Mediterranean Turkey Burgers

We celebrated the second night of Burger Week on Monday. If you have been following the schedule, you’d know that means it was time for turkey burgers. I’m a little late writing this review so I will keep it short and sweet along with the recipe. I served crudites with tzatziki and a simple Greek salad with feta alongside the burgers. 

Mediterranean Turkey Burgers with Feta and Tzatziki

Mediterranean Turkey Burgers with Feta and Tzatziki

Again, the burgers came together very easily, even easier than the previous night. I added a bit more feta to the burgers than what was called for and, in typical Canadian Baconette fashion, I used reduced-fat feta instead of regular. Also, while the recipe calls for pita bread as the vehicle for the burger, I decided to use English muffins. Thomas’s makes a great 100 calorie English muffin that is just as good as it’s higher calorie brother and is even the same size! Score.

After I mixed up the patties, I cooked them on my George Foreman grill. I’ve used a few different methods for cooking turkey burgers and I find the George Foreman to be the best. Having dual-sided heat cooks the burger quickly through to the center without giving it much air time to dry out. Dryness is often the biggest downfall of turkey burgers for me.

Taste: 5. This burger was just a little too salty for me. Feta often creates a lot of saltiness in food where it’s a predominant ingredient so I should have known not to include extra salt as called for in the recipe. I would not use any additional salt next time and instead let it come through from the feta. The taste of the burger itself was good but not great. It had that middle of the road taste that wasn’t bland but could have been stronger.
Creativity: 7. I’ve never had pesto in a burger or panko either. It was especially nice that this burger was a healthy combination of ingredients I always have on hand and some special things. I especially liked this with the English muffin bun.
Appearance: 5. This burger looked like a burger you would get at any restaurant serving healthier versions of burgers. It didn’t have that greasy glow that I have come to know and love about a burger. There was nothing shiny about this meat and, to be honest, I missed that.
Burgerliciousness: 6. The English muffin bun was great! I loved the crunch which is not something you always get in a burger. The texture of the patty was right but it was a little dry which is something I have come to expect from a turkey burger.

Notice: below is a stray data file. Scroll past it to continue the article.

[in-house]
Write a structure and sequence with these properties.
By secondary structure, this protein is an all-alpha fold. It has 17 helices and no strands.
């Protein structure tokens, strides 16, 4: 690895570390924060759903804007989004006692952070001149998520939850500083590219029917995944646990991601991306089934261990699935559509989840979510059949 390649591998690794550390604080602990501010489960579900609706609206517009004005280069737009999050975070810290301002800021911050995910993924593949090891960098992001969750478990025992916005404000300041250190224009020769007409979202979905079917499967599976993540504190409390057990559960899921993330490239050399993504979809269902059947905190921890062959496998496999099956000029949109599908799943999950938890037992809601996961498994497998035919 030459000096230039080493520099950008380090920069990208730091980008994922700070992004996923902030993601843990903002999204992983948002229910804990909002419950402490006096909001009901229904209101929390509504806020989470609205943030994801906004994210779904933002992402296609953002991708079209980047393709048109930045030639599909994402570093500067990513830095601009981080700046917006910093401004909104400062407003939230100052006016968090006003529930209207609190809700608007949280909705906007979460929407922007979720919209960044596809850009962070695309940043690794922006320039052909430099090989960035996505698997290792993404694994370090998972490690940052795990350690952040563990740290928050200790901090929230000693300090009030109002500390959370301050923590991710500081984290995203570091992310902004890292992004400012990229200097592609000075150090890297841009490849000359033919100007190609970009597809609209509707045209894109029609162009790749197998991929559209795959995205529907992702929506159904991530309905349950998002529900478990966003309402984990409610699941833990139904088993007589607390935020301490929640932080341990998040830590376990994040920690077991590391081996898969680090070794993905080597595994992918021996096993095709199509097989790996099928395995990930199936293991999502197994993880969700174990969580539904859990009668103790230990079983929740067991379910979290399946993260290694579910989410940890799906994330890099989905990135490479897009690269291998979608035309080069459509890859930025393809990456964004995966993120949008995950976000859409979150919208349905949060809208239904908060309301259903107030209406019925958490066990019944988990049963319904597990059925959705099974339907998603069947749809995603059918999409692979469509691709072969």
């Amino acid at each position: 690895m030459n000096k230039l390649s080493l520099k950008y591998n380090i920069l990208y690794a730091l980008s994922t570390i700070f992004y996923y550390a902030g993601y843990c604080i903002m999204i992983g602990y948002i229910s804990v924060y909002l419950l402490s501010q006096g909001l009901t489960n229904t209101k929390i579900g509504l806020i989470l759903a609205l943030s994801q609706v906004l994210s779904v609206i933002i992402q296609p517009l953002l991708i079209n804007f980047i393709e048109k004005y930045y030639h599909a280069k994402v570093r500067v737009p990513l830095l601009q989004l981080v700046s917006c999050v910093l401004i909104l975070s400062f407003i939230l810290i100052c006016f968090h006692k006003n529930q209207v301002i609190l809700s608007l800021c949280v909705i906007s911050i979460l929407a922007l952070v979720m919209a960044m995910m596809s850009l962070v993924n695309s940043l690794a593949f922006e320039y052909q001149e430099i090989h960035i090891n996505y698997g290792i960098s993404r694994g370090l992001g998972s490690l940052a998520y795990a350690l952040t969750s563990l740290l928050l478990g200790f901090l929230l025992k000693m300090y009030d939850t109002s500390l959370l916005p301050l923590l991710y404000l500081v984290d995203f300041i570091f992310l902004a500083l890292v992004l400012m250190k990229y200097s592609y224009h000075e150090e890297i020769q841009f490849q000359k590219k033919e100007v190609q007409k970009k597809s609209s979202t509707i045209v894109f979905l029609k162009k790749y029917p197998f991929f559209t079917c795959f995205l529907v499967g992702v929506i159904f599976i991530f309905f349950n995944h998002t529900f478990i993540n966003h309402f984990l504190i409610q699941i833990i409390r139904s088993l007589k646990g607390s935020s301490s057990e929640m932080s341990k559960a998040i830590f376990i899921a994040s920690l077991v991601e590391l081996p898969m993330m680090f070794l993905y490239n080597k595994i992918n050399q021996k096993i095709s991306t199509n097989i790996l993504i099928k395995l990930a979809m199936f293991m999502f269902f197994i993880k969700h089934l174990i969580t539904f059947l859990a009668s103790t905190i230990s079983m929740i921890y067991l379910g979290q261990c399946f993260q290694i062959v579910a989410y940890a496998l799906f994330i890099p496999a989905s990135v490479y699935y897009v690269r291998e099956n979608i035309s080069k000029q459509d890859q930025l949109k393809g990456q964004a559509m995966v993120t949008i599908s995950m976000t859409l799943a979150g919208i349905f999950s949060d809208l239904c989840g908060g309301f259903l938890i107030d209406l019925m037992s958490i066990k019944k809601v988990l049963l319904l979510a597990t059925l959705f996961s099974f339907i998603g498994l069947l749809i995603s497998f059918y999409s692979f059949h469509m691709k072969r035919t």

Overall: 5.75.

All things considered, this is a solid turkey burger recipe. I might make it again but I would add more moisture next time. I was thinking that turkey meat would lend itself well to a burger made with cranberries which would add some moisture to the meat. I was also thinking that this drier patty would have been outstanding with the goat cheese spread we had on the bison burgers because that would have helped to add moisture as well. Below is the recipe as it was published in Cooking Light without any of my modifications or method of cooking.

Mediterranean Turkey Burgers

1/2 cup panko (Japanese breadcrumbs)
1/4 cup (1 ounce) crumbled feta cheese
1 tablespoon minced red onion
2 tablespoons  ommercial pesto
1/4 teaspoon salt
1/4 teaspoon freshly ground black pepper
1 pound ground turkey breast
1 garlic clove, minced
Cooking spray
2 cups  arugula
2 (6-inch) whole-wheat pitas, toasted and halved

Combine first 8 ingredients in a bowl; mix until combined. Divide panko mixture into 4 portions, shaping each into a 1/2-inch-thick oval patty. Heat a nonstick grill pan over medium-high heat. Coat pan with cooking spray. Add patties to pan; cook 6 minutes on each side or until done. Place 1 patty and 1/2 cup arugula in each pita half.

Nutritional Information
Calories: 303
Fat: 8.8g (sat 2.9g,mono 4.1g,poly 0.8g)
Protein: 33g
Carbohydrate: 24.3g
Fiber: 3g
Cholesterol: 56mg
Iron: 1.9mg
Sodium: 595mg
Calcium: 101mg
Barbara Lauterbach, Cooking Light, APRIL 2009

I served the burgers with a tzatziki sauce made with Greek yogurt and cucumber and crudites for dipping. I ended up putting it in the blender to make the flavors come together and, in hindsight, this was a bad idea. It liquified the yogurt. If I’d had more time or was serving a crowd to impress, I would have started over but this was fine for myself and the boy. We also had a filling side salad to go with the burgers.

Greek Salad with Feta

Greek Salad with Feta

The salad had Romaine lettuce, cherry tomatoes (halved), red onion, cucumber and feta cheese with Greek dressing. I made the dressing from equal parts olive oil and lemon juice with lots of oregano, a bit of salt and a pinch of pepper mixed in. This is my favorite way to eat Greek salad. The dressing is delicious yet simple and coats the Romaine quite nicely.

Next up: veggie!


~ by canadianbaconette on May 6, 2009.

2 Responses to “Mediterranean Turkey Burgers”

  1. sounds really delicious… Laila …

    • Thank you! They were. Don’t be turned off by my terrible photos. 🙂

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